When you say "Dr Adequate has always had a Y chromosome", we understand that "always" does not have its common sense of "forever" or "eternally". Rather, it has the sense of "as long as he has existed". You are communicating the message that "as long as he has existed, Dr A has had a Y chromosome".

Analogously, one could claim something like "as long as time has existed, the universe has existed". To simply say that "the universe has always existed" is highly misleading; without further qualification of what is meant by "always" this would suggest the Greek concept of an eternal universe.

The claim that "as long as time has existed, the universe has existed" leaves us with more questions, however:
1) is this claim (that time "began" when the universe "began") really true? How do we test this scientifically or prove it logically? It seems to be the common opinion among cosmologists, but do we have any solid reasons for claiming it?
2) what does this imply about a "beginning" of time? Did time "begin to exist" at some point? And if so, what exactly does this mean?


"Science without religion is lame, religion without science is blind." Albert Einstein

I am very astonished that the scientific picture of the real world around me is very deficient. It gives us a lot of factual information, puts all of our experience in a magnificently consistent order, but it is ghastly silent about all and sundry that is really near to our heart, that really matters to us. It cannot tell us a word about red and blue, bitter and sweet, physical pain and physical delight; it knows nothing of beautiful and ugly, good or bad, God and eternity. Science sometimes pretends to answer questions in these domains, but the answers are very often so silly that we are not inclined to take them seriously. Erwin Schroedinger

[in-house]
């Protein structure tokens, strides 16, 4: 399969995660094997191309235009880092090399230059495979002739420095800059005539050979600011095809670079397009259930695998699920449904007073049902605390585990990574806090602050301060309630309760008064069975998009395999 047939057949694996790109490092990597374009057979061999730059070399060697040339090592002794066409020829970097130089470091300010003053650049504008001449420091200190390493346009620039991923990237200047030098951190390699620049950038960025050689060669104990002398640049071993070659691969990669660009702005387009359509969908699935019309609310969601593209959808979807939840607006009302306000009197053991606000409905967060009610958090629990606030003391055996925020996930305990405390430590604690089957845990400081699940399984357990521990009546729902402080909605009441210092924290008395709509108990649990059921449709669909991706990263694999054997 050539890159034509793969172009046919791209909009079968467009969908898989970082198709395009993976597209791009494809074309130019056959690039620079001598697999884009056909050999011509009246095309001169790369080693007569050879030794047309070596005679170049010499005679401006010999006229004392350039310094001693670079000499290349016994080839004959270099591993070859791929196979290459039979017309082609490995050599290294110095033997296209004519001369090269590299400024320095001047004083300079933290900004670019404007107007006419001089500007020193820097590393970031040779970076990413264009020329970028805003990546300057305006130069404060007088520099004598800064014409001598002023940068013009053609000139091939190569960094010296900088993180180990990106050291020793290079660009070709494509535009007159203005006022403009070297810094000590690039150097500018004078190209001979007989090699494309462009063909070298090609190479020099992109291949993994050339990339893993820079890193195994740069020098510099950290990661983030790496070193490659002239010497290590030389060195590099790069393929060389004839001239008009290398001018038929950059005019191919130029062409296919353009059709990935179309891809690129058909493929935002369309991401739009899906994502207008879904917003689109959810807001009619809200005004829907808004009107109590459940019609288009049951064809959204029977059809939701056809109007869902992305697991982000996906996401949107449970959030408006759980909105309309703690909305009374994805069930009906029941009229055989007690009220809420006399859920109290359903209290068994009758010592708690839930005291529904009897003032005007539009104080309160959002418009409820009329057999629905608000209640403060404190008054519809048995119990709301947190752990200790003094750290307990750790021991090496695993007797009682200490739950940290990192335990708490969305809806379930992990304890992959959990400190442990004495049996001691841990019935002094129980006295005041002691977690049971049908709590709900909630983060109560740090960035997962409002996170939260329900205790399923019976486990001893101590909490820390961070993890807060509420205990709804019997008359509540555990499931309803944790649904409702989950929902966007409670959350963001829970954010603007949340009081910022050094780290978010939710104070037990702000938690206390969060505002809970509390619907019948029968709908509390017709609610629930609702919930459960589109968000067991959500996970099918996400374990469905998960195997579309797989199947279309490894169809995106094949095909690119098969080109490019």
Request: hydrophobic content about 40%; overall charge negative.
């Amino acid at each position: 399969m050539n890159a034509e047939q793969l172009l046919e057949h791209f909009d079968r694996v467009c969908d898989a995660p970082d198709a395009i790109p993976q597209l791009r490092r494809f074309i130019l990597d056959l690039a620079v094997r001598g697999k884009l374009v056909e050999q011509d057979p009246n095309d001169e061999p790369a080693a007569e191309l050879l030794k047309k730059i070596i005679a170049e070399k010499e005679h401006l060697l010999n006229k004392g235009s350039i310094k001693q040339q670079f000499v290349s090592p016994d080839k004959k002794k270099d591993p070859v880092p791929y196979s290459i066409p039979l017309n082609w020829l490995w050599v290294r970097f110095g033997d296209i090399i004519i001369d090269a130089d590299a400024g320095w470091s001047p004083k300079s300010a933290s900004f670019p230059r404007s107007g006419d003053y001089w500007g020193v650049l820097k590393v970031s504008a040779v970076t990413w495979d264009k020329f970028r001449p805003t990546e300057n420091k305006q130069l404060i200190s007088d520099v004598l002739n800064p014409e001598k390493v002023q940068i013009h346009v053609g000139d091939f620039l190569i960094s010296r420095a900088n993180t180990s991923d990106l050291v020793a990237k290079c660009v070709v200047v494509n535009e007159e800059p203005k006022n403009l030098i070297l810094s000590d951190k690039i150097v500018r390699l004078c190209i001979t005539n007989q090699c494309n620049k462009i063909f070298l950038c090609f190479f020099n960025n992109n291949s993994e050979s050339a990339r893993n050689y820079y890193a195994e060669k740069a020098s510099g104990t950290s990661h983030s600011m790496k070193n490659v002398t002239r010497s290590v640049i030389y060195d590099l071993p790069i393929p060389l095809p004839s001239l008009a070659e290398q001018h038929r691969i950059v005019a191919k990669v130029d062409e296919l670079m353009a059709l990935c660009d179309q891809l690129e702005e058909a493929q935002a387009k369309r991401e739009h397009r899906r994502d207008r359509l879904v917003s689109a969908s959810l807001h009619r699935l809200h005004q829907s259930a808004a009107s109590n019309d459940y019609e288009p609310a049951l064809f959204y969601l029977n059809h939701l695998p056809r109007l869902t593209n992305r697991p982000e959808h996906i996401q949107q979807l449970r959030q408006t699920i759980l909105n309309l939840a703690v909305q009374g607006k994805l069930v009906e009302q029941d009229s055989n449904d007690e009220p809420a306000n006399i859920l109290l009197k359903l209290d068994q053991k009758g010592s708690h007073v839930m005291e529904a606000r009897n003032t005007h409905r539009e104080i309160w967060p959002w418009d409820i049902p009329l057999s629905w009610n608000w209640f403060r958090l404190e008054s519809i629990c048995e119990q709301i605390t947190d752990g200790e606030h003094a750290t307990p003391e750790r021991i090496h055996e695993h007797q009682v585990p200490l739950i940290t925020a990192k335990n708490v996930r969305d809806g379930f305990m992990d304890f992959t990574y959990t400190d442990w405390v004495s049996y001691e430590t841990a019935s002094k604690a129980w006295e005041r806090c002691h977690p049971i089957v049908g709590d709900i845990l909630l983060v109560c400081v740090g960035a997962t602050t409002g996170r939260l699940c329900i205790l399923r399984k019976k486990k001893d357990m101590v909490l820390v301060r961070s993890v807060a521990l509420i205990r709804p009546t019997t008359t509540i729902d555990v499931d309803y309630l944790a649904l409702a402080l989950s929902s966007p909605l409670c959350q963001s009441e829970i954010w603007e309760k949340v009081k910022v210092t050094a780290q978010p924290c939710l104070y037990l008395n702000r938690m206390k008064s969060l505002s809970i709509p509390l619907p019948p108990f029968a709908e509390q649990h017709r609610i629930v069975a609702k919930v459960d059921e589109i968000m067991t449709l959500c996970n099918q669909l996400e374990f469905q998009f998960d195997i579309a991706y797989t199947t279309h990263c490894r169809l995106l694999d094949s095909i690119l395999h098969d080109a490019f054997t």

This message is a reply to:
 Message 199 by Dr Adequate, posted 12-01-2011 10:36 PM Dr Adequate has not yet responded

Replies to this message:
 Message 201 by NoNukes, posted 12-02-2011 12:01 PM kbertsche has responded
 Message 203 by PaulK, posted 12-02-2011 1:14 PM kbertsche has responded

    
NoNukes
Member
Posts: 10065
From: Central NC USA
Joined: 08-13-2010
Member Rating: 1.8


Message 201 of 268 (642873)
12-02-2011 12:01 PM
Reply to: Message 200 by kbertsche
12-02-2011 11:45 AM


Analogously, one could claim something like "as long as time has existed, the universe has existed". To simply say that "the universe has always existed" is highly misleading; without further qualification of what is meant by "always" this would suggest the Greek concept of an eternal universe.

How would having always existed suggest an eternal universe? Having always existed says nothing about what will happen in the future.

I agree that statements like "have always existed" can have more than one meaning, but people who are aware of the different possibilities simply need to ask more questions to find out what is meant.

In other words, having always existed does not suggest the Greek idea of an eternal universe to me.

The claim that "as long as time has existed, the universe has existed" leaves us with more questions, however: